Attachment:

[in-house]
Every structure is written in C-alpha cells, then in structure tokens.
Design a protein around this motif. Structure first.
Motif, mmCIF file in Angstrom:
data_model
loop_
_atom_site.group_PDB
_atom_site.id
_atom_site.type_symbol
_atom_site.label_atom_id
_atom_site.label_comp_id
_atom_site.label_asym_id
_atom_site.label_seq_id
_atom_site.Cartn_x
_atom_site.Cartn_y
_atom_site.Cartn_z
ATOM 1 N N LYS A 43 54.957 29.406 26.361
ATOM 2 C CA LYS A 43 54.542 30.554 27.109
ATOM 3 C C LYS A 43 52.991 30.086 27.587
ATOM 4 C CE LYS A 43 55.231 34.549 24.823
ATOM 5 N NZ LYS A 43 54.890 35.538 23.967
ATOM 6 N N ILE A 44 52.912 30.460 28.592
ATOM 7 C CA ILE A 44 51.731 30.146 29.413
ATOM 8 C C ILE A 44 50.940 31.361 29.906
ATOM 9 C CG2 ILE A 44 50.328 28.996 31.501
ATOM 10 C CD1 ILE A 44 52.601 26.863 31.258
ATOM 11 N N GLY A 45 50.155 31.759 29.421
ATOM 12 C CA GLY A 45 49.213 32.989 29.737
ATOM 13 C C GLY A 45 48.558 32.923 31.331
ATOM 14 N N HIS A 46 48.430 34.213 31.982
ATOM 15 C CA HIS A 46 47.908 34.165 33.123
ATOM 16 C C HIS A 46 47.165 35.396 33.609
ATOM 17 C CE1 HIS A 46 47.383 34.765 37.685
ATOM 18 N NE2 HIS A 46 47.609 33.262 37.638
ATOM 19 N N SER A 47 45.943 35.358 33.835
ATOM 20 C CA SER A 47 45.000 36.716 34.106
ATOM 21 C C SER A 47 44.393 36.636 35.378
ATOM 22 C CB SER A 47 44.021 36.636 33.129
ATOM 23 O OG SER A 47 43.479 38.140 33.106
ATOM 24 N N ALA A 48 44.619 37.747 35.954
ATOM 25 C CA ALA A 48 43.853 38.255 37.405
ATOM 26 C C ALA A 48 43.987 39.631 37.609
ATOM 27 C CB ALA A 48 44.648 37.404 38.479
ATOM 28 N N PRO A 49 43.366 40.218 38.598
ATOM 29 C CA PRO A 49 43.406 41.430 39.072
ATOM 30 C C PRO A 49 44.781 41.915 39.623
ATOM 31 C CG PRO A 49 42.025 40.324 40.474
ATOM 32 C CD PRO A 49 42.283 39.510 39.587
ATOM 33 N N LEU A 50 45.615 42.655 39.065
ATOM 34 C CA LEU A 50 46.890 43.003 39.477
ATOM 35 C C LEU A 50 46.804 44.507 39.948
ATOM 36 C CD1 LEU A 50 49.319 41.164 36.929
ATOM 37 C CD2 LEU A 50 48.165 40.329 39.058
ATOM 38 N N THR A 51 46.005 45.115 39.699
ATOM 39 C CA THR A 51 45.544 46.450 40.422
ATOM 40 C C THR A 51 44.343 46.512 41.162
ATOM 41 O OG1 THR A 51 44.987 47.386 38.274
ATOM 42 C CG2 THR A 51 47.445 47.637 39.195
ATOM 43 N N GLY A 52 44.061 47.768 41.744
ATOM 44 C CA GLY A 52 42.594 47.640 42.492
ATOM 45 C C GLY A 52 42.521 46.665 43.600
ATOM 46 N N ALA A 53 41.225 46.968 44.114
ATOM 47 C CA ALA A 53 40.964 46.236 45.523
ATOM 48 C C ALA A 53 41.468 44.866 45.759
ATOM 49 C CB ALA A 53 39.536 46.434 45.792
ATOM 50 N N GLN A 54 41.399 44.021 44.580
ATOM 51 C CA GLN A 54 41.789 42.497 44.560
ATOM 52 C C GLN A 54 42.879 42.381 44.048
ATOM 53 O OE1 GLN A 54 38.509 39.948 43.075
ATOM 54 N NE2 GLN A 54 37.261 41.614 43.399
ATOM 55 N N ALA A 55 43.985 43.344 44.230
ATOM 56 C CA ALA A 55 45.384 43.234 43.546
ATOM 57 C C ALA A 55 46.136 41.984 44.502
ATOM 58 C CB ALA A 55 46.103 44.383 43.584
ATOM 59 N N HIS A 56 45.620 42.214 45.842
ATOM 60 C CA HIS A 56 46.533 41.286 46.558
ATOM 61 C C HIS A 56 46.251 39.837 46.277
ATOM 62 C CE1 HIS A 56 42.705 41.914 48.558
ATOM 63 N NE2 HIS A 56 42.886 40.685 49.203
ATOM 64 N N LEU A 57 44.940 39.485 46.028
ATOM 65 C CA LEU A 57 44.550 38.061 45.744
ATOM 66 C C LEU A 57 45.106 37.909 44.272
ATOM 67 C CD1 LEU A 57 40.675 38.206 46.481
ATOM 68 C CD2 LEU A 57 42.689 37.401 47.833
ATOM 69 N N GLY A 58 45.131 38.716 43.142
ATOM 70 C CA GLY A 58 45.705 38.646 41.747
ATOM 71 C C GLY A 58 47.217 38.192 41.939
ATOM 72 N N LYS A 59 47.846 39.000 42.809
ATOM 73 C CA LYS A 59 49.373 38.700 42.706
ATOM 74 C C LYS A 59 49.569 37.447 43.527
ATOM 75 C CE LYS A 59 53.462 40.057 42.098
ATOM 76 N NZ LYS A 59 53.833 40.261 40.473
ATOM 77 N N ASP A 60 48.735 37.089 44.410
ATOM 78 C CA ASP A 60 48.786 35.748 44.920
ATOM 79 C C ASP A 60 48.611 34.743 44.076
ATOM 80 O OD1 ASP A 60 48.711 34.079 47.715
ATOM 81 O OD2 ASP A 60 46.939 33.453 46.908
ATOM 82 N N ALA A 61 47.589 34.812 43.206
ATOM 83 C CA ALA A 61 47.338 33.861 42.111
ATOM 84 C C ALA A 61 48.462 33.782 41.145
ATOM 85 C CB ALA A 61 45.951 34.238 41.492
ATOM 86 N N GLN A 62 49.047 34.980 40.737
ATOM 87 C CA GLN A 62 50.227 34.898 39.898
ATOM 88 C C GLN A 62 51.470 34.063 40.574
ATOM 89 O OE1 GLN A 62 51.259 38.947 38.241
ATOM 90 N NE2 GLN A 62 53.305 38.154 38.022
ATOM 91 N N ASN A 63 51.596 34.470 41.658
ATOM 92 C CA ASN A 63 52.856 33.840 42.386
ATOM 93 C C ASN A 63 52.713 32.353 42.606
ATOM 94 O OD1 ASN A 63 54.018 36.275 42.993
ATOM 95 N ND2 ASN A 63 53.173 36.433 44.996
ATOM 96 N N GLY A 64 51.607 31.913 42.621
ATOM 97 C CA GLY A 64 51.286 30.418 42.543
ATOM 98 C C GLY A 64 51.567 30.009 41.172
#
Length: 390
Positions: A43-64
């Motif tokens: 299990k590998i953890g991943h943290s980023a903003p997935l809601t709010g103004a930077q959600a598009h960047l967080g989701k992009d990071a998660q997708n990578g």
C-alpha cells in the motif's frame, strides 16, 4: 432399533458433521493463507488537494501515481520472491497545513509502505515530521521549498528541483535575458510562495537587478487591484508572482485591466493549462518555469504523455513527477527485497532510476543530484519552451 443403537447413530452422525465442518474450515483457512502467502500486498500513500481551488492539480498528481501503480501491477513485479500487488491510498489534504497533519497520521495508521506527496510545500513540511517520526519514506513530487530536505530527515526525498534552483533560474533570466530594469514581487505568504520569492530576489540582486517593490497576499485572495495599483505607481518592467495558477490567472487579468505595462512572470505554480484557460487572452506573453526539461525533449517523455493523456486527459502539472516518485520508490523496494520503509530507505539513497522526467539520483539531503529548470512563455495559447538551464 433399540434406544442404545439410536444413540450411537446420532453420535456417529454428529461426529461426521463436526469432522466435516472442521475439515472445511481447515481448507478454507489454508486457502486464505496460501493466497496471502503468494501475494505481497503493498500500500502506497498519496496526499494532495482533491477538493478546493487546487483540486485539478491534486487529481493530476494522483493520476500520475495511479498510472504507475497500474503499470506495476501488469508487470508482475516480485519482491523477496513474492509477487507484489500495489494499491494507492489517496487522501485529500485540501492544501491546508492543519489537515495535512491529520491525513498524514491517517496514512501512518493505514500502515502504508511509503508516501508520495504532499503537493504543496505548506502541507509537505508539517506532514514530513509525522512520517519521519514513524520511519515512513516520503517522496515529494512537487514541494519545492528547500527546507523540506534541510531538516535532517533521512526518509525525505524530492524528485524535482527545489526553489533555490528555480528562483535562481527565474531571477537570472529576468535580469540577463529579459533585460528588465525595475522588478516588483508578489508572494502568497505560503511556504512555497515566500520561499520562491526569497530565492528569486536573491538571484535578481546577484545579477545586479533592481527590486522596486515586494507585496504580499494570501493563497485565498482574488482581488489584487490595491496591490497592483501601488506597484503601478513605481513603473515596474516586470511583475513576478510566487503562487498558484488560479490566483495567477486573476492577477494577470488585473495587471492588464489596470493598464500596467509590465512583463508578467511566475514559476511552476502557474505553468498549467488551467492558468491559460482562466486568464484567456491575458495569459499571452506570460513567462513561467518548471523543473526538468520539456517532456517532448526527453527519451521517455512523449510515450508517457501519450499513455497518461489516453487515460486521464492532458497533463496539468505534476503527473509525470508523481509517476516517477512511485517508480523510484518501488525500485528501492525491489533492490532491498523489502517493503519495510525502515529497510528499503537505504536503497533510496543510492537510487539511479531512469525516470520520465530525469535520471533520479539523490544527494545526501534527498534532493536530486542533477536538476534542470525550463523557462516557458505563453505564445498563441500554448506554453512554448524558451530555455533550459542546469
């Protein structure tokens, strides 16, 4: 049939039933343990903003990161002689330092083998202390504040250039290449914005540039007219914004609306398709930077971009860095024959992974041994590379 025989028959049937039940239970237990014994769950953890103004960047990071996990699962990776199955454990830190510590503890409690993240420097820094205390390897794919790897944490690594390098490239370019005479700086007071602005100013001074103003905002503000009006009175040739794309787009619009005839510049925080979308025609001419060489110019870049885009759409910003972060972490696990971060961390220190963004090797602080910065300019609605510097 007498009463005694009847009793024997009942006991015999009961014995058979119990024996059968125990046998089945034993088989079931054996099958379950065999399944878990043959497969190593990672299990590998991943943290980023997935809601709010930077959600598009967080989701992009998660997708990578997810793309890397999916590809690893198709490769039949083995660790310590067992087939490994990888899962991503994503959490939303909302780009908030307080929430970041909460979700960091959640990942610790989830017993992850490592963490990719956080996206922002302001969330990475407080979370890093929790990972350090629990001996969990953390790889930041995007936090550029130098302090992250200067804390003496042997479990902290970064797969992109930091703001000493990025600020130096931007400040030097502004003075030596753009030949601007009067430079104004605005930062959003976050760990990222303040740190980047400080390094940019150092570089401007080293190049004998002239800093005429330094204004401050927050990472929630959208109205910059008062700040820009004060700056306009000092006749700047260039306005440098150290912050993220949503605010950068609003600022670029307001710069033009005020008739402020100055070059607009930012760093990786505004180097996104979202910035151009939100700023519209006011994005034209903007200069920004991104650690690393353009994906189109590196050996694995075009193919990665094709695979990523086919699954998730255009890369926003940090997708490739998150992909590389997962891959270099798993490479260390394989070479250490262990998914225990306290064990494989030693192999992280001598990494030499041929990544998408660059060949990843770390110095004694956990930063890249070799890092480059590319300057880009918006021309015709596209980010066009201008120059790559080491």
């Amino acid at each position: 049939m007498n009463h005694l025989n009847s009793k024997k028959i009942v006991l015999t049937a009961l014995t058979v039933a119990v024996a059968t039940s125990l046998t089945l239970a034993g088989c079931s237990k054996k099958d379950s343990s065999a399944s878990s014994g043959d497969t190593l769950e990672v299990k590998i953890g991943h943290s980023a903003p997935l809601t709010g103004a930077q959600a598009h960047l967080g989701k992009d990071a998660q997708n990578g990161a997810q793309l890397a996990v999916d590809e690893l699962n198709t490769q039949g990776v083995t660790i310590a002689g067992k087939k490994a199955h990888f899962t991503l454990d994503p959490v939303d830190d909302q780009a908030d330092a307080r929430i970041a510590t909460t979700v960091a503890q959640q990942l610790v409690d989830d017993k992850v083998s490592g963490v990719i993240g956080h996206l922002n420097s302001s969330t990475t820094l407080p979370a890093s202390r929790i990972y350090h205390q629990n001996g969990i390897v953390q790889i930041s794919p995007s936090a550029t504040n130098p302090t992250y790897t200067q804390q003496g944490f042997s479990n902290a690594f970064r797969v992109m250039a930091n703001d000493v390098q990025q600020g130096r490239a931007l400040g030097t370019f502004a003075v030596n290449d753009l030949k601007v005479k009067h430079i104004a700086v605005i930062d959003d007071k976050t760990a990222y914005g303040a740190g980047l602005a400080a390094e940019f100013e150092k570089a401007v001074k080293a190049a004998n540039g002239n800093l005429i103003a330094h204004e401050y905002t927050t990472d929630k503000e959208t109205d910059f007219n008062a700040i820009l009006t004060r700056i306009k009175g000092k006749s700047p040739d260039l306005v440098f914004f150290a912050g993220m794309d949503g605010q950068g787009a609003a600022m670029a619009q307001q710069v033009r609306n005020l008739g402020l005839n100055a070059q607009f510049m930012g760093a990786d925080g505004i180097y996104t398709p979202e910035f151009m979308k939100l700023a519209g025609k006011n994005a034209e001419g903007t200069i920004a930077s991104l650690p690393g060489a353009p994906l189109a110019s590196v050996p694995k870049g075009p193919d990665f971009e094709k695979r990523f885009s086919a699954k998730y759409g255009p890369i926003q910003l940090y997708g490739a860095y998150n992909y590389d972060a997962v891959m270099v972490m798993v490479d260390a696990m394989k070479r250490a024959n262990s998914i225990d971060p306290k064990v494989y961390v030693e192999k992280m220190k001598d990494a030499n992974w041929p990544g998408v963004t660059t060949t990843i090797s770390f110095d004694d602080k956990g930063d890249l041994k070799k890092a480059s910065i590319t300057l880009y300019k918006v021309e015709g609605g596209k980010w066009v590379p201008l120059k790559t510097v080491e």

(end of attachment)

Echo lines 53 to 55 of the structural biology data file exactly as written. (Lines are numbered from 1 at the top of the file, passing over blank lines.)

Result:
ATOM 37 C CD2 LEU A 50 48.165 40.329 39.058
ATOM 38 N N THR A 51 46.005 45.115 39.699
ATOM 39 C CA THR A 51 45.544 46.450 40.422